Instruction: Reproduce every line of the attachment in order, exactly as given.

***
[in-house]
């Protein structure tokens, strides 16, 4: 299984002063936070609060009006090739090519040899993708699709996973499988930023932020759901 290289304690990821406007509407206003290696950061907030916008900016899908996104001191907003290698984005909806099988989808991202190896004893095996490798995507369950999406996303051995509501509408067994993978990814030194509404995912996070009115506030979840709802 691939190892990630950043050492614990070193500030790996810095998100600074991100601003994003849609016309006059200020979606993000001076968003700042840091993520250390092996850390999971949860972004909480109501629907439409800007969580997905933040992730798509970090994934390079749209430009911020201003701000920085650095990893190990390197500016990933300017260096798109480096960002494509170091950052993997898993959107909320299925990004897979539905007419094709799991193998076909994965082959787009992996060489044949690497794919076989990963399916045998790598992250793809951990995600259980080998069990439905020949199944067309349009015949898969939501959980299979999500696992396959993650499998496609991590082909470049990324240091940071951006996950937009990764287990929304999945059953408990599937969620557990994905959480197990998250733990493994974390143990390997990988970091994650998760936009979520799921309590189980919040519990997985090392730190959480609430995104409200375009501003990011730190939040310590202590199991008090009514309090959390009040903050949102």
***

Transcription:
[in-house]
């Protein structure tokens, strides 16, 4: 299984002063936070609060009006090739090519040899993708699709996973499988930023932020759901 290289304690990821406007509407206003290696950061907030916008900016899908996104001191907003290698984005909806099988989808991202190896004893095996490798995507369950999406996303051995509501509408067994993978990814030194509404995912996070009115506030979840709802 691939190892990630950043050492614990070193500030790996810095998100600074991100601003994003849609016309006059200020979606993000001076968003700042840091993520250390092996850390999971949860972004909480109501629907439409800007969580997905933040992730798509970090994934390079749209430009911020201003701000920085650095990893190990390197500016990933300017260096798109480096960002494509170091950052993997898993959107909320299925990004897979539905007419094709799991193998076909994965082959787009992996060489044949690497794919076989990963399916045998790598992250793809951990995600259980080998069990439905020949199944067309349009015949898969939501959980299979999500696992396959993650499998496609991590082909470049990324240091940071951006996950937009990764287990929304999945059953408990599937969620557990994905959480197990998250733990493994974390143990390997990988970091994650998760936009979520799921309590189980919040519990997985090392730190959480609430995104409200375009501003990011730190939040310590202590199991008090009514309090959390009040903050949102």